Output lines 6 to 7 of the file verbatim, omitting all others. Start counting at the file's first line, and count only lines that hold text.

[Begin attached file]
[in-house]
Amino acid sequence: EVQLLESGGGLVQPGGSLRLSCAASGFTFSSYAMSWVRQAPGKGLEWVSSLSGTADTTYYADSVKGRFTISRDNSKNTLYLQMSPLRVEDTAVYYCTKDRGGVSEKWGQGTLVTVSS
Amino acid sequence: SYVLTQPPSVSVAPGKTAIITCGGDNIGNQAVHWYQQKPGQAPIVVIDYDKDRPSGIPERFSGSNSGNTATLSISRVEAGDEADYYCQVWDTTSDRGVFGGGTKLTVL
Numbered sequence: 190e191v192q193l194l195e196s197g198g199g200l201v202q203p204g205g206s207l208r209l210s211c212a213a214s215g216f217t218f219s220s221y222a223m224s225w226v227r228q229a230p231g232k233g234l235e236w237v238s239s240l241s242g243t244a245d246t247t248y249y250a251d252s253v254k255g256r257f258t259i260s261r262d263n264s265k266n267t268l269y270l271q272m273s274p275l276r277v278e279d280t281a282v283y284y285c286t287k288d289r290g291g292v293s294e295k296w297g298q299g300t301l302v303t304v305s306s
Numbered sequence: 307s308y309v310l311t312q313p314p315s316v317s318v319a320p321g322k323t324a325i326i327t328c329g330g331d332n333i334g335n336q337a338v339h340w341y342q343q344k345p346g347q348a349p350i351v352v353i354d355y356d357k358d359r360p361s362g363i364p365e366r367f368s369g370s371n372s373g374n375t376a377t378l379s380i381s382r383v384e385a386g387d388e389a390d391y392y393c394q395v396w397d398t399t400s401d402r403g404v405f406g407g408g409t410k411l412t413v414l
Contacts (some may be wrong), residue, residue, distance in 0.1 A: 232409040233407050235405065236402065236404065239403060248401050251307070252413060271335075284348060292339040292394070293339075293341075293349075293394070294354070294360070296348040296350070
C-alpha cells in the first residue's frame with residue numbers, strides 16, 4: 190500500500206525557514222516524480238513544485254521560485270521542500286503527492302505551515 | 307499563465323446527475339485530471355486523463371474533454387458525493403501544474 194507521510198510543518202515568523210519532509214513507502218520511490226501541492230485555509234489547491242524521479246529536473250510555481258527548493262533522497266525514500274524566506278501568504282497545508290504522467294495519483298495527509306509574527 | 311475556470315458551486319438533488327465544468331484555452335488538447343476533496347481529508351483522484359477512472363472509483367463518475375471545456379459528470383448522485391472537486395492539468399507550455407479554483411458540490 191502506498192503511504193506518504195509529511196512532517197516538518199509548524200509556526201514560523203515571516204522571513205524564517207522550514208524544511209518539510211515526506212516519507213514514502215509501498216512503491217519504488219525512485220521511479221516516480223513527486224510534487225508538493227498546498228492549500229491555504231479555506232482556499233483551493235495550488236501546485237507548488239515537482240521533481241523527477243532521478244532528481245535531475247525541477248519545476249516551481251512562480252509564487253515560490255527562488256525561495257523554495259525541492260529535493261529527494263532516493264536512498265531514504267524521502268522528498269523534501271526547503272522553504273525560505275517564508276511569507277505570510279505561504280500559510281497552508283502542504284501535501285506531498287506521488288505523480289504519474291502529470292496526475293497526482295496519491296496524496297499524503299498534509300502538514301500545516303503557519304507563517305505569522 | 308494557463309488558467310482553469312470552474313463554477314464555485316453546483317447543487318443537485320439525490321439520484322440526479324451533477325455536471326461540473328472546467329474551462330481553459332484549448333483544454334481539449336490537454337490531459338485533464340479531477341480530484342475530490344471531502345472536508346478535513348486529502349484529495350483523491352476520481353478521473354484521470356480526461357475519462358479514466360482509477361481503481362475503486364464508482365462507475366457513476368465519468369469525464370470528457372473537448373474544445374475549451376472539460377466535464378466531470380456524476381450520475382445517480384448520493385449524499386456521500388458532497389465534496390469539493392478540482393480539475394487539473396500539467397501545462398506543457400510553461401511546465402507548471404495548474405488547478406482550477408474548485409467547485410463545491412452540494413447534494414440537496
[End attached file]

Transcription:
Contacts (some may be wrong), residue, residue, distance in 0.1 A: 232409040233407050235405065236402065236404065239403060248401050251307070252413060271335075284348060292339040292394070293339075293341075293349075293394070294354070294360070296348040296350070
C-alpha cells in the first residue's frame with residue numbers, strides 16, 4: 190500500500206525557514222516524480238513544485254521560485270521542500286503527492302505551515 | 307499563465323446527475339485530471355486523463371474533454387458525493403501544474 194507521510198510543518202515568523210519532509214513507502218520511490226501541492230485555509234489547491242524521479246529536473250510555481258527548493262533522497266525514500274524566506278501568504282497545508290504522467294495519483298495527509306509574527 | 311475556470315458551486319438533488327465544468331484555452335488538447343476533496347481529508351483522484359477512472363472509483367463518475375471545456379459528470383448522485391472537486395492539468399507550455407479554483411458540490 191502506498192503511504193506518504195509529511196512532517197516538518199509548524200509556526201514560523203515571516204522571513205524564517207522550514208524544511209518539510211515526506212516519507213514514502215509501498216512503491217519504488219525512485220521511479221516516480223513527486224510534487225508538493227498546498228492549500229491555504231479555506232482556499233483551493235495550488236501546485237507548488239515537482240521533481241523527477243532521478244532528481245535531475247525541477248519545476249516551481251512562480252509564487253515560490255527562488256525561495257523554495259525541492260529535493261529527494263532516493264536512498265531514504267524521502268522528498269523534501271526547503272522553504273525560505275517564508276511569507277505570510279505561504280500559510281497552508283502542504284501535501285506531498287506521488288505523480289504519474291502529470292496526475293497526482295496519491296496524496297499524503299498534509300502538514301500545516303503557519304507563517305505569522 | 308494557463309488558467310482553469312470552474313463554477314464555485316453546483317447543487318443537485320439525490321439520484322440526479324451533477325455536471326461540473328472546467329474551462330481553459332484549448333483544454334481539449336490537454337490531459338485533464340479531477341480530484342475530490344471531502345472536508346478535513348486529502349484529495350483523491352476520481353478521473354484521470356480526461357475519462358479514466360482509477361481503481362475503486364464508482365462507475366457513476368465519468369469525464370470528457372473537448373474544445374475549451376472539460377466535464378466531470380456524476381450520475382445517480384448520493385449524499386456521500388458532497389465534496390469539493392478540482393480539475394487539473396500539467397501545462398506543457400510553461401511546465402507548471404495548474405488547478406482550477408474548485409467547485410463545491412452540494413447534494414440537496